When I was applying during my senior year of high school, the first college that offered me an interview was MIT. For those of you who don’t know, I was a bit of a math geek in high school, so MIT was actually a perfect choice for me. It was basically the math team expanded into an entire school. Wow, heaven.
The other great thing about MIT was that since there are not many girls interested in math, you don’t have to be nearly as competitive as the male applicants. You basically just have to be okay in math. For example, if you could calculate the postage on your application, that’ll do. So I, being a straight A math student, a math team captain, etc., thought MIT would be salivating over me. I thought they’d be offering me cars and jewels during my interview.
My interview was given by an alumnus of MIT named Alyssa, who worked at one of those large investment firms with two names (Goldman-Sachs, Smith-Barney… can’t remember which one). I figured Alyssa and I would bond over our mad math skillz, and she’d try to convince me to pick MIT over the much more sunny Cal Tech.
It didn’t really go like that.
Alyssa kicked off the interview by informing me that MIT was now half female, so that there were lots of girls there and they totally didn’t need me at all. So there. I didn’t entirely believe her, but I wasn’t about to start arguing.
I got the feeling that Alyssa felt that she was in competition with me, for some reason. I deduced that when she said something along the lines of, “You got the top score in the city on XYZ math competition? Wow, that’s impressive. I was only second in the state on ZYX math competition.” I don’t know why Alyssa felt she needed to compete with me. I mean, I was a high school kid, for god’s sake, and she was an adult.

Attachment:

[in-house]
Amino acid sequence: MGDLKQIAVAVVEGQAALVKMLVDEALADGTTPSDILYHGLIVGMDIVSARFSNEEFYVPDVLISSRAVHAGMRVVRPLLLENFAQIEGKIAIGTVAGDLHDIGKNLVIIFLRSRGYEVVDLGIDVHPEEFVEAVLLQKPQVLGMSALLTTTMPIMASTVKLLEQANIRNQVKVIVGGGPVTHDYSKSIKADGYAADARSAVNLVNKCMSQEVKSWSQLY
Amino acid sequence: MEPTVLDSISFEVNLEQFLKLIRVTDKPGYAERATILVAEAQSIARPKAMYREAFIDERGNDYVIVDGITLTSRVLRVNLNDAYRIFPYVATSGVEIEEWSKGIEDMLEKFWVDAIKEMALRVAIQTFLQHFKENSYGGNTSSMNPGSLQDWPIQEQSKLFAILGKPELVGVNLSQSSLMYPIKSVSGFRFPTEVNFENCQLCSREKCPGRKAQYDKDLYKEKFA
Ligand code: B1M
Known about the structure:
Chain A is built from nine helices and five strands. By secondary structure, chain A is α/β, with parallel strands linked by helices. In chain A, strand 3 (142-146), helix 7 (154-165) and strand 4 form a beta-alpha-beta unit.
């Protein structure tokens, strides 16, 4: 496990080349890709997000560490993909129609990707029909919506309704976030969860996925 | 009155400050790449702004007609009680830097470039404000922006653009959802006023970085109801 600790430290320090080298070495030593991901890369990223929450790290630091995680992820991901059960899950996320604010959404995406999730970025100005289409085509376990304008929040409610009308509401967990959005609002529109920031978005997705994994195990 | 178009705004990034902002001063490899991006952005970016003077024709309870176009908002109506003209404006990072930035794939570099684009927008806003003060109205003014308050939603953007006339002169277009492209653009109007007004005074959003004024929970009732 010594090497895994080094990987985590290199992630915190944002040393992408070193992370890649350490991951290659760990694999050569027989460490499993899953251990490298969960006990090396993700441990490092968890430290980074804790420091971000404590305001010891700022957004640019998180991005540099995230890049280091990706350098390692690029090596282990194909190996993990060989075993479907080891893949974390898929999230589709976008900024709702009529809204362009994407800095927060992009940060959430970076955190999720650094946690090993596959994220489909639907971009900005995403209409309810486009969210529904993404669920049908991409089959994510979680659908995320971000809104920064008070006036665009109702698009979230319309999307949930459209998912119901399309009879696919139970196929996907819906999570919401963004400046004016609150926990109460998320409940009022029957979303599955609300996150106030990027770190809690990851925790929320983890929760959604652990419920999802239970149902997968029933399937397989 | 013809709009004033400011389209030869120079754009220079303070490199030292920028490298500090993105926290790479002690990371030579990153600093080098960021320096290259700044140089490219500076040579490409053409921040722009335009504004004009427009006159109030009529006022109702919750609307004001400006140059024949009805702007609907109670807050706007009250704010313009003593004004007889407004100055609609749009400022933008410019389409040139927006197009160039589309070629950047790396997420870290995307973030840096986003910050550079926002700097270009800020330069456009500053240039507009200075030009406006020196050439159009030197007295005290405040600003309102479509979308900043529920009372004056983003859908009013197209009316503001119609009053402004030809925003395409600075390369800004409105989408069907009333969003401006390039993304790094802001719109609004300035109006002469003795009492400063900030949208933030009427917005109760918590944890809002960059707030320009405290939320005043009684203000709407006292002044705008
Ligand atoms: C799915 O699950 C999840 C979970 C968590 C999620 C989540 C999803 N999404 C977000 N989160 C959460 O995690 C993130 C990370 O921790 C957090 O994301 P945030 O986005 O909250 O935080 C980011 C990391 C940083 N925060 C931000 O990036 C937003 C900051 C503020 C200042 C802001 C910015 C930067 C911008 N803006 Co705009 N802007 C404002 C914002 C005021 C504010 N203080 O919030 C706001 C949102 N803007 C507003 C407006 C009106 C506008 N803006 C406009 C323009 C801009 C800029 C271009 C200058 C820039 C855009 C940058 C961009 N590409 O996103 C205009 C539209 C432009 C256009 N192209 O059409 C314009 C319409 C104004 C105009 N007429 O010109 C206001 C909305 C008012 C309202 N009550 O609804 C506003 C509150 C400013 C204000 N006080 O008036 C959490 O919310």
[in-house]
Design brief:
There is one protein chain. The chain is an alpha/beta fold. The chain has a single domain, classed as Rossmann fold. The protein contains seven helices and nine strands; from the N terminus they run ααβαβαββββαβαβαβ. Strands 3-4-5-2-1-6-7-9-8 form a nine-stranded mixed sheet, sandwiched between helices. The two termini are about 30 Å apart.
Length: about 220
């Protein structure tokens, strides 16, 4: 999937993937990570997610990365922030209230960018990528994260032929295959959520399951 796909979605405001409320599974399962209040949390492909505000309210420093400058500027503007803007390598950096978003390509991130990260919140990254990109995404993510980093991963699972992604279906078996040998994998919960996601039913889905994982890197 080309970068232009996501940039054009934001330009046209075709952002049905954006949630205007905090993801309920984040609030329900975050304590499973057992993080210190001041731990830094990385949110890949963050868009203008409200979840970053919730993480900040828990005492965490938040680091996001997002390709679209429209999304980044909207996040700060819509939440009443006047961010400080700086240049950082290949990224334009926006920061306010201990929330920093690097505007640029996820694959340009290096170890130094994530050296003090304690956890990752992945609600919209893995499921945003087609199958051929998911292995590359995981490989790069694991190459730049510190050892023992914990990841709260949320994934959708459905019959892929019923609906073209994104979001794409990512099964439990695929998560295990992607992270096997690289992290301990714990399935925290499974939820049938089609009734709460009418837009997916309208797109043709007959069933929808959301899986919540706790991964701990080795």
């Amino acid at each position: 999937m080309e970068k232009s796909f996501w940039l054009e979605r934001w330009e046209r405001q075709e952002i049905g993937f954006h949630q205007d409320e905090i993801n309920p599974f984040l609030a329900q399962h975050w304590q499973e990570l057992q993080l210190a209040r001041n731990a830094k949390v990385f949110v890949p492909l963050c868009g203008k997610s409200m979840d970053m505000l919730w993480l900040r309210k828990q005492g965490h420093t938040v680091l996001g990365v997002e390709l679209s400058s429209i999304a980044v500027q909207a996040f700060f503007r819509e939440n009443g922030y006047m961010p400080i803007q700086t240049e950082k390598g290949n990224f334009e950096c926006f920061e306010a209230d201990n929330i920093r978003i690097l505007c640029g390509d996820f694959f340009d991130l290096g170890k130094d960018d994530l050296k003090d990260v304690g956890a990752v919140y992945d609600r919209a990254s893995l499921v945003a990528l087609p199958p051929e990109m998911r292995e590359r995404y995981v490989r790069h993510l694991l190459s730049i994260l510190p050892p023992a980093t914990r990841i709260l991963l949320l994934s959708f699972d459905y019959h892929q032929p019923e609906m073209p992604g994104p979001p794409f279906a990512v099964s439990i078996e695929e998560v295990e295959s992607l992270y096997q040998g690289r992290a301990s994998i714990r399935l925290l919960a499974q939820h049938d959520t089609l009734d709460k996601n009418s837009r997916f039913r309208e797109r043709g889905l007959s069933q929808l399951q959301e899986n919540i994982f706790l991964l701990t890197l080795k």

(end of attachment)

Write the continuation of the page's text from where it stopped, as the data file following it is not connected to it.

But then the best part was that before the interview was over, Alyssa gave me a math problem to do.
And it wasn’t just a math problem, which might not have been so bad. It was one of those puzzles where you have five people and they have to get across a river with one canoe in three tries or something like that. Doing a puzzle like that during an interview with a catty i-banker watching you is not fun. It was a lot of pressure. I sort of felt like John McClane in Die Hard 3 with those stupid buckets of water. Anyway, I couldn’t figure out the answer, and Alyssa had to show me how to do it.
Just in case you’ve never been on a college interview, you should know it’s not standard practice to be given a math problem. None of my other friends who interviewed at MIT got math problems. And that wasn’t even a math problem. It was just stupid.
By the end of that interview, I was pissed as hell at Alyssa. In my opinion, that is not an appropriate way to run an interview. On the bright side, at least she didn’t sexually harass me, I guess.
Anyway, in case you were wondering what happened with MIT, I ended up withdrawing my application after I got in early somewhere else. I always wondered if I’d still get in after that interview, but it wasn’t worth the application fee to find out.